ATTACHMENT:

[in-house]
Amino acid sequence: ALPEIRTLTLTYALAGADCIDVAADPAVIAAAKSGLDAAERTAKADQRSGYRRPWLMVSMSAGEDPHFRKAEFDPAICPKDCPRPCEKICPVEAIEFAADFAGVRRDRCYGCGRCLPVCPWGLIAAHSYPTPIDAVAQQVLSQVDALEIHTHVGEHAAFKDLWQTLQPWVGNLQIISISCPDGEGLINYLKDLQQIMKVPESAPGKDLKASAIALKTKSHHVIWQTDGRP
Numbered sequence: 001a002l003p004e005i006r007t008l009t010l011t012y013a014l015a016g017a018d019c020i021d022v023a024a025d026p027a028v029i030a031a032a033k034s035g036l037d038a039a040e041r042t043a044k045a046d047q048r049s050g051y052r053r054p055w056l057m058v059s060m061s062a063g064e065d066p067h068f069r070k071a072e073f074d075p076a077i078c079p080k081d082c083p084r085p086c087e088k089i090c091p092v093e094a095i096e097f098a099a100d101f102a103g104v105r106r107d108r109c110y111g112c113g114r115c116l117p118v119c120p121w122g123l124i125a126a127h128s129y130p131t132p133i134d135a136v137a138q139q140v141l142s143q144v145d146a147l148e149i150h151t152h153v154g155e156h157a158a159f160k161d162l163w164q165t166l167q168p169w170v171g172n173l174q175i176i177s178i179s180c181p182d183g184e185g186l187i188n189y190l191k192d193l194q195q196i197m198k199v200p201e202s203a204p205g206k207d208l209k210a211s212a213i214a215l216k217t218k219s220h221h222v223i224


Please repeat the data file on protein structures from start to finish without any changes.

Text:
[in-house]
Amino acid sequence: ALPEIRTLTLTYALAGADCIDVAADPAVIAAAKSGLDAAERTAKADQRSGYRRPWLMVSMSAGEDPHFRKAEFDPAICPKDCPRPCEKICPVEAIEFAADFAGVRRDRCYGCGRCLPVCPWGLIAAHSYPTPIDAVAQQVLSQVDALEIHTHVGEHAAFKDLWQTLQPWVGNLQIISISCPDGEGLINYLKDLQQIMKVPESAPGKDLKASAIALKTKSHHVIWQTDGRP
Numbered sequence: 001a002l003p004e005i006r007t008l009t010l011t012y013a014l015a016g017a018d019c020i021d022v023a024a025d026p027a028v029i030a031a032a033k034s035g036l037d038a039a040e041r042t043a044k045a046d047q048r049s050g051y052r053r054p055w056l057m058v059s060m061s062a063g064e065d066p067h068f069r070k071a072e073f074d075p076a077i078c079p080k081d082c083p084r085p086c087e088k089i090c091p092v093e094a095i096e097f098a099a100d101f102a103g104v105r106r107d108r109c110y111g112c113g114r115c116l117p118v119c120p121w122g123l124i125a126a127h128s129y130p131t132p133i134d135a136v137a138q139q140v141l142s143q144v145d146a147l148e149i150h151t152h153v154g155e156h157a158a159f160k161d162l163w164q165t166l167q168p169w170v171g172n173l174q175i176i177s178i179s180c181p182d183g184e185g186l187i188n189y190l191k192d193l194q195q196i197m198k199v200p201e202s203a204p205g206k207d208l209k210a211s212a213i214a215l216k217t218k219s220h221h222v223i224